US library battles bigotry

Gwinnett County, Georgia, is not the first place to debate public library services for immigrants. Last summer, opponents of illegal immigration gathered outside Denver Public Library to call for the resignation of the city librarian, who they said was providing services for illegal immigrants at taxpayers’ expense.

In April, Republican state Colorado Assemblyman David Schultheis, attempted—unsuccessfully—to persuade the Colorado Legislature to prevent the state’s public libraries from purchasing any materials, besides textbooks, in a language other than English.

As a growing number of Hispanic immigrants settle in the U.S., some fear they are not making enough progress in learning English. According to U.S. Census data, nearly 20 percent of U.S. residents ages 5 and older speak a language other than English at home, and about 92 percent of the population have no difficulty speaking English.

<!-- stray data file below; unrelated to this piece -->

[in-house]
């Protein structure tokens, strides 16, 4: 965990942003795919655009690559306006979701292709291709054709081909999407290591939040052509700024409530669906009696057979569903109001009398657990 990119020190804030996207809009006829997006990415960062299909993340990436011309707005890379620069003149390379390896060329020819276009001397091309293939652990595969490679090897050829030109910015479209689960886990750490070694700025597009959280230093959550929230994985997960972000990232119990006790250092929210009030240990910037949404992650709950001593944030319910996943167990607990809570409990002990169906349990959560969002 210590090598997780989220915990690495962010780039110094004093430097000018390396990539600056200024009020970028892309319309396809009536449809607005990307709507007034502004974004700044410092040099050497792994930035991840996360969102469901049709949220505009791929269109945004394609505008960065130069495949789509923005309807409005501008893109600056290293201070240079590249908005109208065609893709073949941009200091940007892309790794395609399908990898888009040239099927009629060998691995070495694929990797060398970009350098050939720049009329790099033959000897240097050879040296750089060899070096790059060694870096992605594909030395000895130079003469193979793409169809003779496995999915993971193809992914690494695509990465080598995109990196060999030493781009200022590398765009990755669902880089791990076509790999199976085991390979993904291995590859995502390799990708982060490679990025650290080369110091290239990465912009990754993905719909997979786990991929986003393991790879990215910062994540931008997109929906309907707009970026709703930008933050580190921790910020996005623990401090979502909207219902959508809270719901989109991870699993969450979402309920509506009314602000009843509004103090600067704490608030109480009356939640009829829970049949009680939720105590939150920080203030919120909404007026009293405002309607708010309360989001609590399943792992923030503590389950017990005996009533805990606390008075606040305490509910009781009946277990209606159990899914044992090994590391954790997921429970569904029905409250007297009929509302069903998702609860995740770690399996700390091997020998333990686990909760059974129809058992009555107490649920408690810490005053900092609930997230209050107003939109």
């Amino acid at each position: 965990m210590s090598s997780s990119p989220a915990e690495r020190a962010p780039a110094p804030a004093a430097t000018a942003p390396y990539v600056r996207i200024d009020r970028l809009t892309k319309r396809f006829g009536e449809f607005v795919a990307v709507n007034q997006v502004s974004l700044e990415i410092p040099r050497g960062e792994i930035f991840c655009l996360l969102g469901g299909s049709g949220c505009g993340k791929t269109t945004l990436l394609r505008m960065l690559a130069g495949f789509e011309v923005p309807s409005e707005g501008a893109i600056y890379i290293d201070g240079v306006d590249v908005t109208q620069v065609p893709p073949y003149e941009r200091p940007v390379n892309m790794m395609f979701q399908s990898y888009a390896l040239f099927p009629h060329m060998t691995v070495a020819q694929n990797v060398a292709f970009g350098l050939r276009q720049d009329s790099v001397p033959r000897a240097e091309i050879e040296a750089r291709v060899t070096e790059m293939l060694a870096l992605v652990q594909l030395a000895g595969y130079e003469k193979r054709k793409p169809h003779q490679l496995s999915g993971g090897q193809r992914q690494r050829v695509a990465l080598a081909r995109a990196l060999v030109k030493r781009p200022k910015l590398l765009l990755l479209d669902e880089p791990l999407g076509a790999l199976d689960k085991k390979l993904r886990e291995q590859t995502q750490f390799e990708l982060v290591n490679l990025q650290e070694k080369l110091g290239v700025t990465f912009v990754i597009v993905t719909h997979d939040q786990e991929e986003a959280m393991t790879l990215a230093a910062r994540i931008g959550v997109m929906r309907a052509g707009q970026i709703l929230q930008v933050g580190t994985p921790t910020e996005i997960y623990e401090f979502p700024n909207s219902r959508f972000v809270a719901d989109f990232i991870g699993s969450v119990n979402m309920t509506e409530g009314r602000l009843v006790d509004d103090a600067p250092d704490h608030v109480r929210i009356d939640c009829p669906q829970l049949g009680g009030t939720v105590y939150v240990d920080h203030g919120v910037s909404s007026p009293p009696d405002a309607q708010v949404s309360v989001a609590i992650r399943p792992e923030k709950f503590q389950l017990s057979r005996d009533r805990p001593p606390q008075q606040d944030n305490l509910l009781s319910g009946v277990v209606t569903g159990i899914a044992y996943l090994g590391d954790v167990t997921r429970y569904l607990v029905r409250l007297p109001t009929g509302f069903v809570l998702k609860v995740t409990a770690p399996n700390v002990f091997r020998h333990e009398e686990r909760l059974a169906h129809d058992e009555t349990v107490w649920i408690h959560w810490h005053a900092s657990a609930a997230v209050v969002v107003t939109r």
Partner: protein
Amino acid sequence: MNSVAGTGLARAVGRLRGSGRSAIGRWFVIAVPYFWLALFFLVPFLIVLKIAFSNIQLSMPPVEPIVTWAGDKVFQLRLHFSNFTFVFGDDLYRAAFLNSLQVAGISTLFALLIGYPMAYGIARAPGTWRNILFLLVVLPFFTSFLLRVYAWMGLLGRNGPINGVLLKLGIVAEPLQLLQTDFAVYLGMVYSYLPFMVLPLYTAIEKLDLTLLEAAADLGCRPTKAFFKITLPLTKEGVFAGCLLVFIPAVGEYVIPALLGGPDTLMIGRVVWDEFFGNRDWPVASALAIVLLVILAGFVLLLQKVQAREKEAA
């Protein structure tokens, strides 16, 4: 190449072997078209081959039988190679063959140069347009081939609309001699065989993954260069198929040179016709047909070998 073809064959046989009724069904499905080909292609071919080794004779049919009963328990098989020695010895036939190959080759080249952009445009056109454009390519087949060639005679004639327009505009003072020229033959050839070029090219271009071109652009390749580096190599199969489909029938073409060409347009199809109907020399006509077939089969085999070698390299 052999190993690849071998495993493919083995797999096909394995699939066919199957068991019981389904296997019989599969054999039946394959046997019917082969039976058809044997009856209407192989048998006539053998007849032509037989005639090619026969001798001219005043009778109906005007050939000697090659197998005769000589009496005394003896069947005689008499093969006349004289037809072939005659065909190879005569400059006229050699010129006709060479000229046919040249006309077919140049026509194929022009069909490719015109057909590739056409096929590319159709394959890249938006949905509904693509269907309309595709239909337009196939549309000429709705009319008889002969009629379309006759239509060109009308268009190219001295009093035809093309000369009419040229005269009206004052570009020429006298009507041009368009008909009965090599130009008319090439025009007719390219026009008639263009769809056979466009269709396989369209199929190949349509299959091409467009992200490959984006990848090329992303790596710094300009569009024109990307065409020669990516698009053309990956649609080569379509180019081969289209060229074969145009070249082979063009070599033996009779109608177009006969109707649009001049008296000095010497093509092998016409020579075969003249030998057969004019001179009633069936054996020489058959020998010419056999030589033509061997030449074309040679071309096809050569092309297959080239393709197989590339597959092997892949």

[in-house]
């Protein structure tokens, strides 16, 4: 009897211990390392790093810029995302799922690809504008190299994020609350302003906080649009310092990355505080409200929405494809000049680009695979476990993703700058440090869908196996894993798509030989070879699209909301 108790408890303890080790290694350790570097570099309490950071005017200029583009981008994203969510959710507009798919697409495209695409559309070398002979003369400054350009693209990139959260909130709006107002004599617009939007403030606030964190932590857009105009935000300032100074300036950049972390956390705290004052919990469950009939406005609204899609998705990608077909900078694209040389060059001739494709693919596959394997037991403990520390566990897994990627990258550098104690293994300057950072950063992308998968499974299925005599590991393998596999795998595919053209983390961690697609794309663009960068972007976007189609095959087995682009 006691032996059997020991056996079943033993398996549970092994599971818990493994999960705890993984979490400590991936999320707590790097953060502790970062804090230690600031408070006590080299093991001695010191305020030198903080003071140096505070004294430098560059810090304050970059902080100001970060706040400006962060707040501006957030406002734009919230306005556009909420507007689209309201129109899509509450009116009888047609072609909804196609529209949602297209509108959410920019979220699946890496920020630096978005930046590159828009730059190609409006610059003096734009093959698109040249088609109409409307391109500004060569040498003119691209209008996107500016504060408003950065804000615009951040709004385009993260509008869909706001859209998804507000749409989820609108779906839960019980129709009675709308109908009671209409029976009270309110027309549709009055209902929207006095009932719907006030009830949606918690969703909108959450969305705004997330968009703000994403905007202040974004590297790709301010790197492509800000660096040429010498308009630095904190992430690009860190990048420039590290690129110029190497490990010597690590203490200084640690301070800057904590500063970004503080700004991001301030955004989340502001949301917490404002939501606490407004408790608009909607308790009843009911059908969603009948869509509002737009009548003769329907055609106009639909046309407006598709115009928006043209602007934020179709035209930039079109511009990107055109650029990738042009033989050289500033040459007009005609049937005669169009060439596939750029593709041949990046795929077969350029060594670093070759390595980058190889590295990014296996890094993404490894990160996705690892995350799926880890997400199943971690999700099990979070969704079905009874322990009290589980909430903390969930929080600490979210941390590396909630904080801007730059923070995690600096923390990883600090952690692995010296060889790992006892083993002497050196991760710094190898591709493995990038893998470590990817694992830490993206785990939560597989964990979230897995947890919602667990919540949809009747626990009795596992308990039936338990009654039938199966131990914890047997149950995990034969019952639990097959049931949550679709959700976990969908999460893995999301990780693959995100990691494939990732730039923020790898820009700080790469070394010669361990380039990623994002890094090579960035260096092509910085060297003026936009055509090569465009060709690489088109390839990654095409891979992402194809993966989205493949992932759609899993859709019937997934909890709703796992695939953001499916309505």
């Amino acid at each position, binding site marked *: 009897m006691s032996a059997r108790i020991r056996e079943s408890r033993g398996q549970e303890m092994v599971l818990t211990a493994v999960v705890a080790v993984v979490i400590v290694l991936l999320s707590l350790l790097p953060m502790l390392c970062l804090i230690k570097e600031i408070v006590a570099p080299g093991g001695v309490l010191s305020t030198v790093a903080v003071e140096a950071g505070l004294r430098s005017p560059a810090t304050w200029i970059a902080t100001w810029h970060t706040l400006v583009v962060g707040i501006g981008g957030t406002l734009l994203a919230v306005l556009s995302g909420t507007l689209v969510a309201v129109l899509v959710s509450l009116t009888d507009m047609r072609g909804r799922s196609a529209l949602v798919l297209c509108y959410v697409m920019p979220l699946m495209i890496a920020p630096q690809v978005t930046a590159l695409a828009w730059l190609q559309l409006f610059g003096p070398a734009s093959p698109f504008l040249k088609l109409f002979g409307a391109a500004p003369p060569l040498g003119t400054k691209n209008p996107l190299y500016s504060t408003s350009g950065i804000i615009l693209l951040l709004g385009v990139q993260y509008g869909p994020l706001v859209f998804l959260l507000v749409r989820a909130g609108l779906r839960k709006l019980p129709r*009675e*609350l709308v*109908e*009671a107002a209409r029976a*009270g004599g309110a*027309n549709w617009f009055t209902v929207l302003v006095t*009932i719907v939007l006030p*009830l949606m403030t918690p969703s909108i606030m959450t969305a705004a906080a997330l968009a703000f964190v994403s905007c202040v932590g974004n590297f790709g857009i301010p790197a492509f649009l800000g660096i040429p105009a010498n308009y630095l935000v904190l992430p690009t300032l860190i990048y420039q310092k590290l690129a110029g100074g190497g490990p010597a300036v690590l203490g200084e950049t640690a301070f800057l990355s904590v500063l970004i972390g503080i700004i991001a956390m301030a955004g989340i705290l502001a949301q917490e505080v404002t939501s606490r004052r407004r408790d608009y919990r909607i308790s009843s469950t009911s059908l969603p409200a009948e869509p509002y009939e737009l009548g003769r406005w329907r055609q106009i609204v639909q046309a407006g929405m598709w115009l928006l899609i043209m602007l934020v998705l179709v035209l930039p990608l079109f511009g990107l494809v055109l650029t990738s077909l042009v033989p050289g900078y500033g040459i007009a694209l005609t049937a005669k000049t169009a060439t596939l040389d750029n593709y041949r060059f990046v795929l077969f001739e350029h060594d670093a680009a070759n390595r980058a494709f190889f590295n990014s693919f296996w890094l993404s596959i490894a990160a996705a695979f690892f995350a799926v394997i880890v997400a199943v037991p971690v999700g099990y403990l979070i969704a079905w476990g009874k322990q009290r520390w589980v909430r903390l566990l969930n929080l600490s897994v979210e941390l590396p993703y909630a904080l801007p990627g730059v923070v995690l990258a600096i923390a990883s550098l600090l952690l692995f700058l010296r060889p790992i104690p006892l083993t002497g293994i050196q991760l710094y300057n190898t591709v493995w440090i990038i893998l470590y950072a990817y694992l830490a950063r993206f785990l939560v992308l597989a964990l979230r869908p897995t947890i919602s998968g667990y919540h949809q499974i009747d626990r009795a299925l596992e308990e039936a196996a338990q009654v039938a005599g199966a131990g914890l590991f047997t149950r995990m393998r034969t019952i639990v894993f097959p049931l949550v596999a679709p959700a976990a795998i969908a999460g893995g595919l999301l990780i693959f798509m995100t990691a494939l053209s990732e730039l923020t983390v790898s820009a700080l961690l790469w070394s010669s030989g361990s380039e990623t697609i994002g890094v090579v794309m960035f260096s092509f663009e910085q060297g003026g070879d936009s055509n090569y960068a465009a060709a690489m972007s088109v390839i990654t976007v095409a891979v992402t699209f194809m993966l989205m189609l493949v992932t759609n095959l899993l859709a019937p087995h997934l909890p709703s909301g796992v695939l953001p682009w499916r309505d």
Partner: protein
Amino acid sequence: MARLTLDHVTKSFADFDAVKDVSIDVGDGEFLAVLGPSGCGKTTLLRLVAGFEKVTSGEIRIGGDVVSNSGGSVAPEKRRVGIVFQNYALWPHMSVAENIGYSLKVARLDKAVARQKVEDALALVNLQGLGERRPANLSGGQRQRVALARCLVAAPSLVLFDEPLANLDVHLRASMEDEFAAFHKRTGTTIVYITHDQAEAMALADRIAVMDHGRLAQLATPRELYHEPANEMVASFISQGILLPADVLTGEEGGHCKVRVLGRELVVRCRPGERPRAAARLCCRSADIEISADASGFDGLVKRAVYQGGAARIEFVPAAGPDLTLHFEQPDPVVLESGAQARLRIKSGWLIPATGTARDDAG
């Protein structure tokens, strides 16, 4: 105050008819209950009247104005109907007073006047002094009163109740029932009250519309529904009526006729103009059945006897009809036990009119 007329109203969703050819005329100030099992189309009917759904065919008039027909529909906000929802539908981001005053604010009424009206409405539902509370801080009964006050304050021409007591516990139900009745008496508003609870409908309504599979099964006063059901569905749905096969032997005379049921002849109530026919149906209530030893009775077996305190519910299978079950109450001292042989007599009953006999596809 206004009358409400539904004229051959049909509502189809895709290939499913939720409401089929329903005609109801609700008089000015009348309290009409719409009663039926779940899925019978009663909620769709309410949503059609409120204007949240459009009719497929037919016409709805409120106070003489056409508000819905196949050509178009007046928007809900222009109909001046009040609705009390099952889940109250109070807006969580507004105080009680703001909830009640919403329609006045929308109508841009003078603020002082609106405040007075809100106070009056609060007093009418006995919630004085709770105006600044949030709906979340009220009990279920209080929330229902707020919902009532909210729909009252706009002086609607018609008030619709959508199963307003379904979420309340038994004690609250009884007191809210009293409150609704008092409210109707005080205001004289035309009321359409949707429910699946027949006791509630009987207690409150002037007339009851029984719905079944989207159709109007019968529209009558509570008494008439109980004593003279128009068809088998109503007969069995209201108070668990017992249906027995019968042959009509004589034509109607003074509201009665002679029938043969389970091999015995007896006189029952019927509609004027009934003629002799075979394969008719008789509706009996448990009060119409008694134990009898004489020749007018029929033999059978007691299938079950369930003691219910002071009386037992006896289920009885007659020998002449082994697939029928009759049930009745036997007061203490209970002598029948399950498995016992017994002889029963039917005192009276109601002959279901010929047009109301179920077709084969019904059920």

Raul Gonzalez, legislative director of the National Council of La Raza, an Hispanic advocacy group, said that taking Spanish books off library shelves would not encourage immigrants to learn English. Already, he said, many immigrants across the country were enrolled in long waiting lists for English-language classes.

"This policy is based on being aggressively misinformed," he said. "It’s like telling people we want them to eat healthy food, and then banning hot dogs and Coke and not giving them any food."

But K.C. McAlpin, executive director of ProEnglish, a national English-language advocacy group, said that immigrants who move to the U.S. shouldn’t expect to be catered to in their native languages.

"There shouldn’t be a willy-nilly accommodation of the non-English-speaking community," he said. "We don’t want to dissuade them from learning English by providing too many books in other languages. If it goes too far, if they can find everything they need in Spanish, that’s not appropriate." — LAT/WP